Before we get into discussing whether mastering a song is really necessary, let's take a moment to consider what mastering really is.
Is mastering running your final mix through some self-proclaimed "mastering plugin suite" that is purportedly an all-purpose panacea that will make your mix shine brighter than that brand-spankin' new Lexus that left you and your '98 Honda Civic choking on its dust and smoke this morning while you were putting to work?
Is it a magical, mysterious "turn-the-big-knob-and-smile" device that will automatically chisel your final mix into a Grammy-worthy masterpiece? I hate to burst your bubble, but mastering is NONE of those things that I just mentioned. So then, what is mastering exactly?
What The Experts Say
To quote mastering extraordinaire Bob Katz of Digital Domain, "Mastering is the art of refining and polishing a mix to take it to the next quality level."
This is really such a great and simple definition, and granted, while he has a lot of great, amazing gear at his studio that he uses to mix and master day in and day out, he doesn't confuse the means with the ends (and in fact that's a large part of what he teaches in his book, "Mastering Audio: The Art and The Science" as well)!
Mastering Can Mean Many Things
Mastering can simply consist of some minor EQing that reduces the harshness of the entire mix, or granted, if we really think about what Bob is actually saying, sometimes "mastering" may just be cleaning up the mix so that it actually sounds cleaner, punchier, or warmer without any need for processing the final mix at all.
The most important distinction between mixing and mastering is that any and all changes that are made during mastering need to be very subtle and transparent, as any significant or aggressive processing in the mastering chain will certainly affect the mix as a whole and likely distort the mix in such a way that detracts from its quality as opposed to improving upon it.
So, is mastering your song really necessary?
Not to be vague or disingenuous, but it really depends on the quality of your mix!
Measurably speaking, you can take a song or a selection of songs that you really like, turn them down to the same loudness level, and see how your overall mix stacks up in general by asking yourself the following questions:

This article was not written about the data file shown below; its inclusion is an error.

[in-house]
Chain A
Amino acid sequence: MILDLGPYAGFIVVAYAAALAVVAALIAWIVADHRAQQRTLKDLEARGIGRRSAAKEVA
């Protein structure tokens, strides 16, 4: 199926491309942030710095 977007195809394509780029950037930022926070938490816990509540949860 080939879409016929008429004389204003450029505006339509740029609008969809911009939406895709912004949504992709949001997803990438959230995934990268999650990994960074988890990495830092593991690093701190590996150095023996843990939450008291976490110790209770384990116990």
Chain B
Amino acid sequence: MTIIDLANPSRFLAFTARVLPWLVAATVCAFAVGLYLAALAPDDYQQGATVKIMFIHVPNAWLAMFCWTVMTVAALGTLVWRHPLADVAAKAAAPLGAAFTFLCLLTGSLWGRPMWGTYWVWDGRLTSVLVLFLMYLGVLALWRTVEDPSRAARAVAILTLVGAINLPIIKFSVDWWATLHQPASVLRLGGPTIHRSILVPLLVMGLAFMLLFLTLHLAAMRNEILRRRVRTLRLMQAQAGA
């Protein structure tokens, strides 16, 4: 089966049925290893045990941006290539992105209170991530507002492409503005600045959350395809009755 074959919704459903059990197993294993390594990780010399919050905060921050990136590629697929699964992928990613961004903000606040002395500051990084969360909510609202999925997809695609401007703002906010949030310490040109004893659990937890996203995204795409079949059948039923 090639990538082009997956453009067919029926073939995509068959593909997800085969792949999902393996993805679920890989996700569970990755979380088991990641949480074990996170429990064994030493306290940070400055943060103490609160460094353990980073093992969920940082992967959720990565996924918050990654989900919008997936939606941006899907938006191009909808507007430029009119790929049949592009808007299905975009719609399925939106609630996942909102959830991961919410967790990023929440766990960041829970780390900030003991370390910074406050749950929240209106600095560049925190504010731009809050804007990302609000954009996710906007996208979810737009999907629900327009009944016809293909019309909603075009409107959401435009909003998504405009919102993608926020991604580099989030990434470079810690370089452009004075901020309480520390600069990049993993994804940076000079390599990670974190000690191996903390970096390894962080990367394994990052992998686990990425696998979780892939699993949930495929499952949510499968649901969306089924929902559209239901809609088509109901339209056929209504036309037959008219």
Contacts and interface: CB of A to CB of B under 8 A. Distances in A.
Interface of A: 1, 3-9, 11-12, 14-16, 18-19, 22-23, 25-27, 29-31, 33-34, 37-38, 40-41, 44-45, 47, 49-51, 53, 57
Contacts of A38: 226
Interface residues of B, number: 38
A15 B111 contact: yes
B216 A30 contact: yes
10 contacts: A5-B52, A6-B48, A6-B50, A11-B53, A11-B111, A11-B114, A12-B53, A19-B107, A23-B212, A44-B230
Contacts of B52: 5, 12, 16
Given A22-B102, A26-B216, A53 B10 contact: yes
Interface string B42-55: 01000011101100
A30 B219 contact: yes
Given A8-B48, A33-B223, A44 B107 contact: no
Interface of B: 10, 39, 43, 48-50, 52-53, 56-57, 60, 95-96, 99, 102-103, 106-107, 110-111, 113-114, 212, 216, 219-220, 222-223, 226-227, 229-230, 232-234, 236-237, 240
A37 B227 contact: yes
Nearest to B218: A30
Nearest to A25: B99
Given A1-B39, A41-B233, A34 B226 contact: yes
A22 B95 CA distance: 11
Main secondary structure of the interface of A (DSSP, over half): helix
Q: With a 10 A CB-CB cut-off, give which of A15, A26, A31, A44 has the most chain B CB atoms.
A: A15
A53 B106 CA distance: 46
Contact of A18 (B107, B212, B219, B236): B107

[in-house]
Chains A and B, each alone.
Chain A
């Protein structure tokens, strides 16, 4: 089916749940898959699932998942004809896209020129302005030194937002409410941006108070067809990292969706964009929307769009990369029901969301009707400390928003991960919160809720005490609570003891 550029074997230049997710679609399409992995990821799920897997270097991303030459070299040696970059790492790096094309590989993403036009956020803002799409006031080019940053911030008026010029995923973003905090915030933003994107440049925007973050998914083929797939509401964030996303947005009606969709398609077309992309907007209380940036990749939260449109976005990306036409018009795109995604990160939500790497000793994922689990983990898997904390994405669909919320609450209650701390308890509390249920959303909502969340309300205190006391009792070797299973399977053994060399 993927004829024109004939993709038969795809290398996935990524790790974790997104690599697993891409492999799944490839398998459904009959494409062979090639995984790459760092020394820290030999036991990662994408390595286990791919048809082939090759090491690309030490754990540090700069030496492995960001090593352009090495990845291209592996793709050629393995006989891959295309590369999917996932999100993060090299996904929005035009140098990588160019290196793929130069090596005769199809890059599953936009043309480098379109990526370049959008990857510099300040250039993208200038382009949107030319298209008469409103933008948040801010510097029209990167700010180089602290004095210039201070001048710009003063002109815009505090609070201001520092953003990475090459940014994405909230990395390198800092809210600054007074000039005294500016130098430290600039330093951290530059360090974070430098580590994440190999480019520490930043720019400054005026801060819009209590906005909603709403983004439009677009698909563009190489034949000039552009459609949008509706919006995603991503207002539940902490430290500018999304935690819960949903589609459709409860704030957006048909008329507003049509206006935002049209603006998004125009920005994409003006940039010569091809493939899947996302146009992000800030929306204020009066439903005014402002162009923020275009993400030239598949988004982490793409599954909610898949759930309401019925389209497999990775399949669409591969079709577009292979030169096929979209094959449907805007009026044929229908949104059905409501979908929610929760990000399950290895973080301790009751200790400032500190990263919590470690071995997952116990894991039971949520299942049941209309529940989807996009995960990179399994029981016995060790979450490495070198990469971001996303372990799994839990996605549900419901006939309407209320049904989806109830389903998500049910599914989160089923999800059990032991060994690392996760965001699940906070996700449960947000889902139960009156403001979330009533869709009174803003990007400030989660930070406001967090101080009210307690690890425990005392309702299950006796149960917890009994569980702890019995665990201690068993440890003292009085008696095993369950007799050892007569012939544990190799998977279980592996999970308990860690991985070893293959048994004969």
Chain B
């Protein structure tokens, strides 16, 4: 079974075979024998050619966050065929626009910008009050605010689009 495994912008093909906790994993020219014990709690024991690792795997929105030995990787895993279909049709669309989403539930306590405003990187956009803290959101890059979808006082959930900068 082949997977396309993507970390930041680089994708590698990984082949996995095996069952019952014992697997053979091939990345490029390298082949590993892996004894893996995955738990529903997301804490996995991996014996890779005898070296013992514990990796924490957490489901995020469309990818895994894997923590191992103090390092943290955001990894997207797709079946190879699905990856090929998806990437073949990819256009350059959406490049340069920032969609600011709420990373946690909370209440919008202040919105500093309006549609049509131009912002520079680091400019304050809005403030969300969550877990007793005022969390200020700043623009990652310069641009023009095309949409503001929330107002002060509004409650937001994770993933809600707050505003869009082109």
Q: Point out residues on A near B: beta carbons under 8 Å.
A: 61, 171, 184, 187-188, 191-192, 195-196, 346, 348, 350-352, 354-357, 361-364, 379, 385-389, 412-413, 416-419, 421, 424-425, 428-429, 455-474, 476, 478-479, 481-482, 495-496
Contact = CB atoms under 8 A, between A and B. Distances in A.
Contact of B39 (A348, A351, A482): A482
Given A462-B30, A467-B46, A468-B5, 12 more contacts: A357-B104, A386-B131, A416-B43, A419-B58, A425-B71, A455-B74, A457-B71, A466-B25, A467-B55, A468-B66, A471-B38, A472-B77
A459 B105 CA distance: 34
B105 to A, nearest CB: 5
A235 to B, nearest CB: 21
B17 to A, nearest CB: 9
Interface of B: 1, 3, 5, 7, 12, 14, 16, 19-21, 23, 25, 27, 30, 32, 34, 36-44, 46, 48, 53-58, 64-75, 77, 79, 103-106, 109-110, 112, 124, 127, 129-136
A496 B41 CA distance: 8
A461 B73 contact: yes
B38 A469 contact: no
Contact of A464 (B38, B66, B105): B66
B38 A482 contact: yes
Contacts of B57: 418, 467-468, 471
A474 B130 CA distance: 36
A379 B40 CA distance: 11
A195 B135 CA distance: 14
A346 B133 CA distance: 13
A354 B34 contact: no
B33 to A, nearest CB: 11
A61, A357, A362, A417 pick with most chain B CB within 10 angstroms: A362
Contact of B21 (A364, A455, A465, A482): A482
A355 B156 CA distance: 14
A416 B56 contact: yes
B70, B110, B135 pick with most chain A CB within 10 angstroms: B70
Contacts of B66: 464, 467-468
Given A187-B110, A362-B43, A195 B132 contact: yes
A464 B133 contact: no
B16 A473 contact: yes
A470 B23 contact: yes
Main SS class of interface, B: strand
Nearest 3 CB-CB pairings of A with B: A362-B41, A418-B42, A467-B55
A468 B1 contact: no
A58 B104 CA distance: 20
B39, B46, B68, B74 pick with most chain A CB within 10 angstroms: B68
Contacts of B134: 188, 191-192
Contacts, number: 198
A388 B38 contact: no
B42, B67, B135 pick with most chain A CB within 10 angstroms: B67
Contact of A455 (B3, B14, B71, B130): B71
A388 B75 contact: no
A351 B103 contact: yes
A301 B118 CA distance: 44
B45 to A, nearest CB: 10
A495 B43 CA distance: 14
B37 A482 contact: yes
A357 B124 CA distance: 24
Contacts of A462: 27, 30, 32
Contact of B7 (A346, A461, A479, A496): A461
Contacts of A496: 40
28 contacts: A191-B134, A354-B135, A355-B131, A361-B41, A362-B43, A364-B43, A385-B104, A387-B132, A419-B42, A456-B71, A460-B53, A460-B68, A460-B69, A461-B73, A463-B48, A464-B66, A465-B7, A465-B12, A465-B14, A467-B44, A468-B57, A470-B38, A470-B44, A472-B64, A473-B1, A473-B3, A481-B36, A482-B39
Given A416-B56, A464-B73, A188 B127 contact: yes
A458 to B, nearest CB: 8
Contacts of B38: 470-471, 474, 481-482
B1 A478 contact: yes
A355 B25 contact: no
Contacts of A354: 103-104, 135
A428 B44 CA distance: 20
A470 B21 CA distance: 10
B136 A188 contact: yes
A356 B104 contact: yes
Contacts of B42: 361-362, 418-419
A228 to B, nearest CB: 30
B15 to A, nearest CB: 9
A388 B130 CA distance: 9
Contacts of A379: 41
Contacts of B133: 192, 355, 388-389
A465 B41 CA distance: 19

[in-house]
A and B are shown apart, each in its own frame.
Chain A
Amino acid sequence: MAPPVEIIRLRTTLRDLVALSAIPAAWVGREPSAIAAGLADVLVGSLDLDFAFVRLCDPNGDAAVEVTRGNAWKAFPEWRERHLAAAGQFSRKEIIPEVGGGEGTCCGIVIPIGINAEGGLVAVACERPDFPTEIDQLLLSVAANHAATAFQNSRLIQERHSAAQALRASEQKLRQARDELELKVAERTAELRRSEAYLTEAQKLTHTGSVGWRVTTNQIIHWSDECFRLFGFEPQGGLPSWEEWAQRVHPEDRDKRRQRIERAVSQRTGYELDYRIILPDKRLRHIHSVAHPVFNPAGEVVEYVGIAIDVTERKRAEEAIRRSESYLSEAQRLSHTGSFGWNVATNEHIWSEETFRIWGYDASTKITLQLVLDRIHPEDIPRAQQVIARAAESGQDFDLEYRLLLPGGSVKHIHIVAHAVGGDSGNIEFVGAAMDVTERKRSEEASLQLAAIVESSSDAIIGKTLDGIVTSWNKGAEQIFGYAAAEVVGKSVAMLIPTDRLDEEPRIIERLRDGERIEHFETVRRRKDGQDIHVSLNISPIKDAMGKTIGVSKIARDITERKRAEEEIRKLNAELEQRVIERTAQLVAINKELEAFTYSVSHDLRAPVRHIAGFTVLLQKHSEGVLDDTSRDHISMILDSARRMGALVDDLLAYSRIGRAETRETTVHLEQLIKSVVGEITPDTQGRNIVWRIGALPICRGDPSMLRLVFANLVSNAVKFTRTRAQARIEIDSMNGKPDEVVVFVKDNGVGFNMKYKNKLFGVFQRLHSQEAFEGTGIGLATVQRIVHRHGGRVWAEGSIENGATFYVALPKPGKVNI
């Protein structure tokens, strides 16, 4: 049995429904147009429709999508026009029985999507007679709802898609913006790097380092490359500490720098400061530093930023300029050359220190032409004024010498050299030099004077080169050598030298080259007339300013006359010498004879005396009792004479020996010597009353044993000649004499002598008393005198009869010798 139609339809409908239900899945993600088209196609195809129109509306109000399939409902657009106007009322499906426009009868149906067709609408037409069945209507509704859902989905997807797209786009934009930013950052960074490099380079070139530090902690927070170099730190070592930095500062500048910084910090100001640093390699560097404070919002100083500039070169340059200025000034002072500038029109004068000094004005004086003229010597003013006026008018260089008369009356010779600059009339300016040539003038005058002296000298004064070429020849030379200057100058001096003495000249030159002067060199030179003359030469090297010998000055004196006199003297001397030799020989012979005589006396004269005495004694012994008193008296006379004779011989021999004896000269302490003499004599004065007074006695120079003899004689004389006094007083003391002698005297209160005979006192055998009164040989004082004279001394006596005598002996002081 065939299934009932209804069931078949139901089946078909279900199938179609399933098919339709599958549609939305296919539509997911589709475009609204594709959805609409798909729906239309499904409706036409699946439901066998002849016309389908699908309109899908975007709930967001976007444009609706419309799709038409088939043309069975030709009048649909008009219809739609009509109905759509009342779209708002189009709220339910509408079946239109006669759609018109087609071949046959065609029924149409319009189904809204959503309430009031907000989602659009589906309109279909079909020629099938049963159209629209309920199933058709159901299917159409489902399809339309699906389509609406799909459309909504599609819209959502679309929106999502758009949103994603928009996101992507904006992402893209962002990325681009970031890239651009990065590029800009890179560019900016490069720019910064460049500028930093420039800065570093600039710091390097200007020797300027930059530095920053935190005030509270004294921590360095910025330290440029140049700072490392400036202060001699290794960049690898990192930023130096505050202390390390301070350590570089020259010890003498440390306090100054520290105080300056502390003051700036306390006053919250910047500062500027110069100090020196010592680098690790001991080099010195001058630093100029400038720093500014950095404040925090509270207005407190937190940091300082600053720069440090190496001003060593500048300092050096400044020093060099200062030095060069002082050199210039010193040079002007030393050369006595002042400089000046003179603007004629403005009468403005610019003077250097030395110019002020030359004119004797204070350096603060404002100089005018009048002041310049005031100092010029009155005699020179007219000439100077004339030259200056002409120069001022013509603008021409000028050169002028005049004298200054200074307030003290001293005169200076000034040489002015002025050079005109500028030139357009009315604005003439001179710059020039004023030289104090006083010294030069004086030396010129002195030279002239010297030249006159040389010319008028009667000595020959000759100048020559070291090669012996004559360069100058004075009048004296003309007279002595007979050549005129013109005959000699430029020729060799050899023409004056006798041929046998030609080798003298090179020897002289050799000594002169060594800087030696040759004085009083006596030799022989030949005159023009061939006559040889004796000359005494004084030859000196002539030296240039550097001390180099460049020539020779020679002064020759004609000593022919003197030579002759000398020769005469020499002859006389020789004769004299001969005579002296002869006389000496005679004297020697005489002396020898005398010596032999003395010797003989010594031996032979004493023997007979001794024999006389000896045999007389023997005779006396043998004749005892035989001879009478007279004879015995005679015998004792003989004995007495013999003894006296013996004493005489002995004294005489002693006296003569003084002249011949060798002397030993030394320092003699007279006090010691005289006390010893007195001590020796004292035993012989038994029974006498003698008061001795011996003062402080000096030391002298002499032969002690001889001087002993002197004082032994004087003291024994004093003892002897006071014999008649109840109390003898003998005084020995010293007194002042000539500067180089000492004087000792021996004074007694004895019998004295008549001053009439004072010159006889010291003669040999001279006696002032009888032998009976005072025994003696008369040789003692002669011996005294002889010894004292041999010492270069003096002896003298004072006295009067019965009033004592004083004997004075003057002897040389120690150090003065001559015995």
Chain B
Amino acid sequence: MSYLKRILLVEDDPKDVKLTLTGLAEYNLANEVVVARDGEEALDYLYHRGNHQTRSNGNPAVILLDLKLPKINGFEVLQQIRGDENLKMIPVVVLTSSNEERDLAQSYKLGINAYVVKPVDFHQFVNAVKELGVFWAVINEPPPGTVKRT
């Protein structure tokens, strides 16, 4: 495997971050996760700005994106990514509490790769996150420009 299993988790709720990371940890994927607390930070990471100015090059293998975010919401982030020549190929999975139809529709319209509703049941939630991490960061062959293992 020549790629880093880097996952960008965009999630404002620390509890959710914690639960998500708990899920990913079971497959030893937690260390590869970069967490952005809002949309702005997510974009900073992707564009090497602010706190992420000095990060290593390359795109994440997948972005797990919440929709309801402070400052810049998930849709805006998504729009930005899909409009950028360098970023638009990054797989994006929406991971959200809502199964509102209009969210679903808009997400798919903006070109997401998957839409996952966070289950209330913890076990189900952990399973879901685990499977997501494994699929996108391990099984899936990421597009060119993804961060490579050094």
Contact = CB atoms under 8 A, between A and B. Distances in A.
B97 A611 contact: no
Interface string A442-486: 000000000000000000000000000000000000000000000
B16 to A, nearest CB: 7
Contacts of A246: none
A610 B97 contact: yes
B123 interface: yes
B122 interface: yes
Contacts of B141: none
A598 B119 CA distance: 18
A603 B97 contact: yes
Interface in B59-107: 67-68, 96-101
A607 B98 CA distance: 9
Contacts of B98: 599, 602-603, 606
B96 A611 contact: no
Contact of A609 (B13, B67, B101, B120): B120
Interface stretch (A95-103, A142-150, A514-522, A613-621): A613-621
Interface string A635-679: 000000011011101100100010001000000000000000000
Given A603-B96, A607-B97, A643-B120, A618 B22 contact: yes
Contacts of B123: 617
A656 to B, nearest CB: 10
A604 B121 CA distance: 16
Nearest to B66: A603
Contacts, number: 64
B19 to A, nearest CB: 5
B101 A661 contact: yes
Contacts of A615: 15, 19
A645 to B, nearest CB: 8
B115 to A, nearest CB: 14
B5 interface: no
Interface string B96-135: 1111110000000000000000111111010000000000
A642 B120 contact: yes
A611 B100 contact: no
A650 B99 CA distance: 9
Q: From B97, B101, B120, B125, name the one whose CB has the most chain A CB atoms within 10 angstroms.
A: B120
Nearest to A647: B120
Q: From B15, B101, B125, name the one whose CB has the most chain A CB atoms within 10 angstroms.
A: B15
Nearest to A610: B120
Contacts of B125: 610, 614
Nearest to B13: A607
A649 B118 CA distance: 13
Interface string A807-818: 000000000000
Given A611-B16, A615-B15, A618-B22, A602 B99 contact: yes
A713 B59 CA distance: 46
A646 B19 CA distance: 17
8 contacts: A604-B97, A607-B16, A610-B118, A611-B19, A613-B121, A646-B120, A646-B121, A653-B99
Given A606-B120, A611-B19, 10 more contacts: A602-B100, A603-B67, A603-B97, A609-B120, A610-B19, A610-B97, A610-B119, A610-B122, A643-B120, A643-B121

- How well can I hear the individual elements in my song as opposed to the other songs I'm comparing it to?
- How punchy and firm is my low end? Is it clear and discernable, or are other elements interfering with it and making it sound muddy and confused? Make sure to check that you've shaved off the low-end of effects tracks and other elements by inserting a fairly steep (usually starting off at 24 dB per octave) high-pass filter and bringing it up to 300 Hz at minimum!
- Am I making good use of panorama in my mix (i.e. staging, panning, spreading out elements via chorus or stereo enhancers)?
- Do all the elements in my mix sound balanced? Does anything jump out too much, or does something sound too soft and need to be brought out more? This could be a simple matter of adjusting the gain of a particular element, but for long, continuous passages that have a very wide dynamic range with several peaks and dips, you may need to insert a compressor and really clamp down with a fairly high ratio (start off at 4:1 and take it up from there if need be).
You get the idea.
The goal is to refine and polish your mix, right?
This isn't to say that you can't add any plugins at all to the mastering chain, but think of how much better your mix (and resulting master) will sound overall if you keep this perspective in mind when working on your next project.
A good mastering engineer will also point out any flaws that you should consider and will help guide you through the process as you open your project back up to address these flaws.
I won't lie, there are a lot of expensive and brilliantly designed plugins out there that will make your productions sound like a million bucks if used properly and correctly, but the idea is that you need to understanding what the goal of mastering is and how to go about that process before you drop $2,000 on a bunch of equipment that you have little or no idea how to use.
For more tips on questions on mastering, I'll happily refer you to the Gearslutz mastering forum and the Audio FAQ at the Digital Domain website, which are both really excellent resources that will address most if not all of your mastering questions and needs. Best of luck!
About the Author:
Maxx Donafrio is a professional audio engineer who provides production tips and guides at audioengineeringschool.net.
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